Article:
Canada’s Important Bird and Biodiversity Areas Program is a science-based initiative to identify, conserve, and monitor a network of sites that provide essential habitat for Canada’s bird populations. Canada is part of a global network consisting of over 12,000 sites in 200 countries. There are about 600 sites in Canada and 83 in BC.
There are two IBAs in our area. These are the South Thompson River IBA and the Douglas Lake Plateau IBA. Rick Howie has been the caretaker for the South Thompson River IBA for many years. The Douglas Lake Plateau IBA is a very large area and has been shared by Rick Howie and Alan Burger. Rick would like to turn these areas over to a new person or group of people. The map below shows their locations.
Our local IBAs are the South Thompson River and the Douglas Lake Plateau.
What do caretakers do?
A Caretaker is a local volunteer who is matched to one (or more) Important Bird and Biodiversity Areas (IBAs). The activities of caretakers depend on their interests and time they have available. At minimum, the caretaker will visit the IBA at least once a year and document what is observed. These observations can include the bird species and estimated numbers and any degradation or potential threats to bird habitat. Caretakers work with their local naturalist club to raise awareness of the importance of IBAs and promote participation in field trips and annual bird counts.
Observation reports are submitted to appropriate online monitoring programs so that they become part of important databases. Naturalist club members and the provincial IBA coordinator are available to assist with the procedure for submitting data.
Depending on the interests of the caretaker, there are numerous ways to support the IBA network. These are best done by working with the local naturalist club. These may include helping others connect with nature and learn about IBAs through public talks, nature walks, birding field trips, children’s education programs, or by writing articles and letters for newsletters, magazines, newspapers, and other outlets.
If you are interested in becoming a caretaker, you can contact the Kamloops Naturalist Club for more information.
With the continuing rain, the fall mushroom season is progressing rapidly. A good place to start looking for wild mushrooms is in your yard and pastures. There are numerous interesting species that grow in grass. Here are a few of …Continue reading →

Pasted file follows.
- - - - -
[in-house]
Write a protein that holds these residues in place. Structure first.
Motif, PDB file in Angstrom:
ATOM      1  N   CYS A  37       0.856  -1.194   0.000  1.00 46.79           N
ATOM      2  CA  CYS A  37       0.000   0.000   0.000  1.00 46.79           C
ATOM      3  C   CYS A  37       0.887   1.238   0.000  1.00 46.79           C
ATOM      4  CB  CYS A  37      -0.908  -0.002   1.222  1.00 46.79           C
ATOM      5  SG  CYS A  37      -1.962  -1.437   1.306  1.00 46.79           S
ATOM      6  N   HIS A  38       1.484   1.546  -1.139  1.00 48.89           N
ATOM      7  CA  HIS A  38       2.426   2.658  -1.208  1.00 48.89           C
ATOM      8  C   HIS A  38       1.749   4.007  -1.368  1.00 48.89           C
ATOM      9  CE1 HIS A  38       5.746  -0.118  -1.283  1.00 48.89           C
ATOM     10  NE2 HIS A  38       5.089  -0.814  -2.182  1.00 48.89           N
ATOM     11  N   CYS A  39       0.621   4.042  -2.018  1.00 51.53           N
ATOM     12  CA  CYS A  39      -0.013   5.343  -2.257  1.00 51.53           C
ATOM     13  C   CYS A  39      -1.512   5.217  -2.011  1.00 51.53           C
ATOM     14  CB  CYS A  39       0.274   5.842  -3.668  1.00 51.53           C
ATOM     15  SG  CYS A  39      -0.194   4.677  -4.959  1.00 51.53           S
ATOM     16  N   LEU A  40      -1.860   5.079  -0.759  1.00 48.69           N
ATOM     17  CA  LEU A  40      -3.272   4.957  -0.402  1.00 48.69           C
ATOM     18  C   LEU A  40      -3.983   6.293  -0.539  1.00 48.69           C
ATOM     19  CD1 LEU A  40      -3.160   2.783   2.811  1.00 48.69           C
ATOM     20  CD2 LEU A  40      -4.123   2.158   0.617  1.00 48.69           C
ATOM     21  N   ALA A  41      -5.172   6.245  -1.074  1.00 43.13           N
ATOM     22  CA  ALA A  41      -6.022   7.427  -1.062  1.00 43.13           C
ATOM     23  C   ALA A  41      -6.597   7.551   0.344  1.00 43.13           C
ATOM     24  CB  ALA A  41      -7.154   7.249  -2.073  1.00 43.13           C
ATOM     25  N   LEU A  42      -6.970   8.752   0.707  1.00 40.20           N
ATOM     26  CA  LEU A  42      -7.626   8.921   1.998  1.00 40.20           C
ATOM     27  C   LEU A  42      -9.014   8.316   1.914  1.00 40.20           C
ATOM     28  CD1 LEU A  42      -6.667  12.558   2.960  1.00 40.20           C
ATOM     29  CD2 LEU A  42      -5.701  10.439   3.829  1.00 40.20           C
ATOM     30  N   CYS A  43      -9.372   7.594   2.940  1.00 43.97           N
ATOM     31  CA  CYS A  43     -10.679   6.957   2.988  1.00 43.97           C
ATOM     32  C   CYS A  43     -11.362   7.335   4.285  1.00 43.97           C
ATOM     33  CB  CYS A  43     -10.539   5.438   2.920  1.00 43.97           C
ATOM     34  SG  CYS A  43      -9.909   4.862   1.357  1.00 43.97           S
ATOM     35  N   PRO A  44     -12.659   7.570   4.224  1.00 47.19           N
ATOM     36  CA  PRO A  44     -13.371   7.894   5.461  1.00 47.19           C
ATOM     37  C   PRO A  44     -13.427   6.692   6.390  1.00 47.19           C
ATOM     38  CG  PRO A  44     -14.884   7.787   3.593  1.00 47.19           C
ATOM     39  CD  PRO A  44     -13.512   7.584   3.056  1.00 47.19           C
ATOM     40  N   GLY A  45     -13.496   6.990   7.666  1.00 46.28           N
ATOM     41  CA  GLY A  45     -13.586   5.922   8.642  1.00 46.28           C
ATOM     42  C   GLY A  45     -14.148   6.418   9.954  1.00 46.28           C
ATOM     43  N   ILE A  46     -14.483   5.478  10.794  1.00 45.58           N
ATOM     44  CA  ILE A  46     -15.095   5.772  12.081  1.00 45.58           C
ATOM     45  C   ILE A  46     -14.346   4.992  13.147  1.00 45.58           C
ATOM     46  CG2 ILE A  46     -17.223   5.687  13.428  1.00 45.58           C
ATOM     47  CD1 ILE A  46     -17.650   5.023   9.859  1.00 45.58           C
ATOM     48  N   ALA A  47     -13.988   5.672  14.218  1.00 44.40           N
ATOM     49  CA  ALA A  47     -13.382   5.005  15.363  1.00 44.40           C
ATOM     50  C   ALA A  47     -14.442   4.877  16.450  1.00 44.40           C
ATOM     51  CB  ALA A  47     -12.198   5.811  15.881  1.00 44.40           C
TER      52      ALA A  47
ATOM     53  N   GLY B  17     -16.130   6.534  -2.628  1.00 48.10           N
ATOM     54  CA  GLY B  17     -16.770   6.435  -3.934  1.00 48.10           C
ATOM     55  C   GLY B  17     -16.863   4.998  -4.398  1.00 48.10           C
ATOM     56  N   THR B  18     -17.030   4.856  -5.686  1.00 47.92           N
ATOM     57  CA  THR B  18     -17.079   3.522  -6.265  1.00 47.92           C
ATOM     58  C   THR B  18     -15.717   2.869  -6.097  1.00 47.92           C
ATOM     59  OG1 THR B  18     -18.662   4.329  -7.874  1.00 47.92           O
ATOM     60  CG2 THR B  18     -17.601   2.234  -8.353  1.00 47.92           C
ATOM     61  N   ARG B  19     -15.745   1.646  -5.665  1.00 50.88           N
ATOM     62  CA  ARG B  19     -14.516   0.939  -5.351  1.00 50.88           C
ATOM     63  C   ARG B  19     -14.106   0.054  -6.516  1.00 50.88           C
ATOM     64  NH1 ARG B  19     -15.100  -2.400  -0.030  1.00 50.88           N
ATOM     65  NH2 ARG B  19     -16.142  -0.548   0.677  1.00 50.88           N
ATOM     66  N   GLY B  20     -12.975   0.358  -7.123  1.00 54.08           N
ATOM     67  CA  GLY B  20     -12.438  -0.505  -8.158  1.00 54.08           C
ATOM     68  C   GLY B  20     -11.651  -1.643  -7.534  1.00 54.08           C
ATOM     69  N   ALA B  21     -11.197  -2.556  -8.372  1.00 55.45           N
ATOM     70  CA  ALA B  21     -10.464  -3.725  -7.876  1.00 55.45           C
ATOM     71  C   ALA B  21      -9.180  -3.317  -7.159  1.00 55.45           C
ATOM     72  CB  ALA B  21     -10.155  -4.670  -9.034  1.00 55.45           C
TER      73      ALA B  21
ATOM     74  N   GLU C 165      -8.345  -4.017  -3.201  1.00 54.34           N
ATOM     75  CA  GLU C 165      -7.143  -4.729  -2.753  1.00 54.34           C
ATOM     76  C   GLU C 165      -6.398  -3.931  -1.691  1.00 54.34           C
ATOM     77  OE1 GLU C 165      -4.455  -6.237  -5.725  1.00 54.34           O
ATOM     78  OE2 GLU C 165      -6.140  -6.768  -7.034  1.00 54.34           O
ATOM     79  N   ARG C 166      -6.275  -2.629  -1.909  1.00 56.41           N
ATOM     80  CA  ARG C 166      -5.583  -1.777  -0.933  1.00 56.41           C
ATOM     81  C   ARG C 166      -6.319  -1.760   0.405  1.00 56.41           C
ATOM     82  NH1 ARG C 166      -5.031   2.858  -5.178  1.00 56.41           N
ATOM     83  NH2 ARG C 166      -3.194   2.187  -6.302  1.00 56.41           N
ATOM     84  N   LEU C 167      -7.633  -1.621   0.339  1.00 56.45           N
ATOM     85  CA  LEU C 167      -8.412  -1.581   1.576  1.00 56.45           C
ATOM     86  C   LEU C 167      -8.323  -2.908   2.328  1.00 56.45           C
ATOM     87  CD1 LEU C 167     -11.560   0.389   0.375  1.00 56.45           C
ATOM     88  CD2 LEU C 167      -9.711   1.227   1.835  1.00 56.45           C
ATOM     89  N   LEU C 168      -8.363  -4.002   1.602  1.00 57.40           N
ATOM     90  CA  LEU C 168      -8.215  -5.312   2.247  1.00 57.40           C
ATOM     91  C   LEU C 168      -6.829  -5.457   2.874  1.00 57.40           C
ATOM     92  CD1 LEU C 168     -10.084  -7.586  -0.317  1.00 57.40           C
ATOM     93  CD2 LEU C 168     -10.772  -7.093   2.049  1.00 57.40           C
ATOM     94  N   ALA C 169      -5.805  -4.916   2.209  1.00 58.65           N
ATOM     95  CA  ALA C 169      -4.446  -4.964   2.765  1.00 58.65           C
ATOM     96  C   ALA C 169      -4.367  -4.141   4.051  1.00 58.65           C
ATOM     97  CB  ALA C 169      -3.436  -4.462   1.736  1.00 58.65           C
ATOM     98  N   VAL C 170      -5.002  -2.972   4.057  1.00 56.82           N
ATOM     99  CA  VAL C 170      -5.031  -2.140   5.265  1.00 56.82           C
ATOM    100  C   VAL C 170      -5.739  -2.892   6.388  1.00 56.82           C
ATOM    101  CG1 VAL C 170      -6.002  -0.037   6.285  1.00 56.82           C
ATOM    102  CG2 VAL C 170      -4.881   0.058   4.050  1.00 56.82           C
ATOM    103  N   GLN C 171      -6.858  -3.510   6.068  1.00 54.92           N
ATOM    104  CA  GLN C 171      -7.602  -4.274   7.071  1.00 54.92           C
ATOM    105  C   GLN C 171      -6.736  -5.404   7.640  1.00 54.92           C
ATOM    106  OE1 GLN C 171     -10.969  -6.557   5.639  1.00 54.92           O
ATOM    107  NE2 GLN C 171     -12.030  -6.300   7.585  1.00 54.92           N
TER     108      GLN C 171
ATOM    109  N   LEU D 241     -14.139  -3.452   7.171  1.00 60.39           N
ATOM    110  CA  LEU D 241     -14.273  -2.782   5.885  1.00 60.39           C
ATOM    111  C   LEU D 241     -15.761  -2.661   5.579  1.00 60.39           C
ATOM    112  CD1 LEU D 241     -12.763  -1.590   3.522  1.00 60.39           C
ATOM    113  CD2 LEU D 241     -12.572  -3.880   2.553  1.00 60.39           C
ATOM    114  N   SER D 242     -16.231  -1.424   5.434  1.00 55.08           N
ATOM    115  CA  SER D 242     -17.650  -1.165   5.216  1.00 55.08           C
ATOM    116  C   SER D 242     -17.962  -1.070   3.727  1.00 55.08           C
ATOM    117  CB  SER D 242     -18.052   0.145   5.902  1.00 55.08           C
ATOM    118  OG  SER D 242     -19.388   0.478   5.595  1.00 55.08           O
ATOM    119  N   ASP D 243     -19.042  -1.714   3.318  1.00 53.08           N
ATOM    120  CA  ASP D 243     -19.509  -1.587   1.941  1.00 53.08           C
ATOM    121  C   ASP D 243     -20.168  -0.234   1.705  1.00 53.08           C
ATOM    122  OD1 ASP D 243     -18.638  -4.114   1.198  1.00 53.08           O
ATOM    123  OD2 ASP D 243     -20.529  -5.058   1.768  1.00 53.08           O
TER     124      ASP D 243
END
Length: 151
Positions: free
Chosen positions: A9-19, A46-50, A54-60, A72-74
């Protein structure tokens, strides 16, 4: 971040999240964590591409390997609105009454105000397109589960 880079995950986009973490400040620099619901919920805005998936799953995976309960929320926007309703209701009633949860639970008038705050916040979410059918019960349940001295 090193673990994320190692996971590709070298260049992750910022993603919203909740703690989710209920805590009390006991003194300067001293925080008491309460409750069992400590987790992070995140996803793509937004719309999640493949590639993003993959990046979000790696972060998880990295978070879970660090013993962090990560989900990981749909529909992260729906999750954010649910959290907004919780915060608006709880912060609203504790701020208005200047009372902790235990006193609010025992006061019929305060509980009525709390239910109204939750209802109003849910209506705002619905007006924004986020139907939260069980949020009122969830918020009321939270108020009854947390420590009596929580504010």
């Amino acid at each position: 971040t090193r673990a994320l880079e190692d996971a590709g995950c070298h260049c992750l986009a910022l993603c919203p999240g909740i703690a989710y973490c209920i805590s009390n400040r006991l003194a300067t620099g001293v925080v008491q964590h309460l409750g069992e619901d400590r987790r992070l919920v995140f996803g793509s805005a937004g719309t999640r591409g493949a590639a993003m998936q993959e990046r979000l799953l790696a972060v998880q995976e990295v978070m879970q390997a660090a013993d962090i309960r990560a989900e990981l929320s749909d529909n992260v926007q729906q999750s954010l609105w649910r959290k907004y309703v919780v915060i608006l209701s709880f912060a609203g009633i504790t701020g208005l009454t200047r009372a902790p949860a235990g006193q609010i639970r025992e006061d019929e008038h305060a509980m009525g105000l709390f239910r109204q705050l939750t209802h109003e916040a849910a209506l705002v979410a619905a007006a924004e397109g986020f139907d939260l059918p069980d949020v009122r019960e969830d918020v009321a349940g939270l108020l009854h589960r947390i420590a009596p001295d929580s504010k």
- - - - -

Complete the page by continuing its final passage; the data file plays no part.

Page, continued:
Submitted by Gary Hunt This article is from last summer but we are seeing it again in our region. In spite of the extreme heat we have been experiencing, mushrooms continue to appear in our surrounding forested areas. North-facing slopes …Continue reading →
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There have been reports of Striped Coralroot recently so I will repost this story from April of last year.
There is a group of wildflowers that have learned how to cheat photosynthesis. This allows them to simplify physical structure and eliminate the work of making chlorophyll and their own food. It confers a significant survival advantage in low-light forest conditions.
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The last extinction occurred 65 million years ago when it is believed that a six mile wide asteroid hit the earth killing off the dinosaurs. Many scientists agree that the next mass extinction might happen sooner rather than later– as …Continue reading →
I did not know poet Mary Oliver until her death, last week, at the age of 83. Mary Oliver was an American poet-naturalist. I intend to read all of her work. Her writing is full of reminders, like this, …Continue reading →
Instead of spending time in Turks and Caicos or Barbados, this tiny yellow Cape May warbler has somehow ended up in Abbotsford, B.C. Bird photographer Nick Balachanoff says, to his understanding, it’s the first identified Cape May warbler in the …Continue reading →
The Kamloops CBC was held on Dec. 15, 2018. We tallied 75 species and 15,185 individuals. Highlights included Snow Goose, Sandhill Crane, Ruby-crowned Kinglet and a bumper crop of Robins. A Belted Kingfisher was seen during the count period. The …Continue reading →
The Rough-legged Hawk (Buteo lagopus) is a visitor to the Kamloops area and does not breed here. It can be seen as a migrant from its northern breeding grounds around mid-September. Some birds continue on southwards while others will spend …Continue reading →
This article appeared in the last issue of Sage Whispers. You can find the complete issue here. The article originally appeared in the Kamloops Daily News on June 14, 2011. YOU ASKED: I’m curious to know more about these pretty, …Continue reading →
Jim Cooperman, who presented a talk and slide show at our last club meeting, has a blog site called Shuswap Passion. A recent article presents his assessment of the 2018 Adams River salmon run. …Continue reading →
Buteos are the large hawks that we often see perched atop powerpoles, trees or on fences, especially in open country but some prefer the forests as well. The 3 common buteos that we see around Kamloops are the Red-tailed Hawk, …Continue reading →
The wet fall has certainly been a boon to mushroom enthusiasts, especially in the Douglas Fir forests and above. I have even seen mushrooms sprouting in our driest grasslands. While I am not very experienced at identifying mushrooms and related …Continue reading →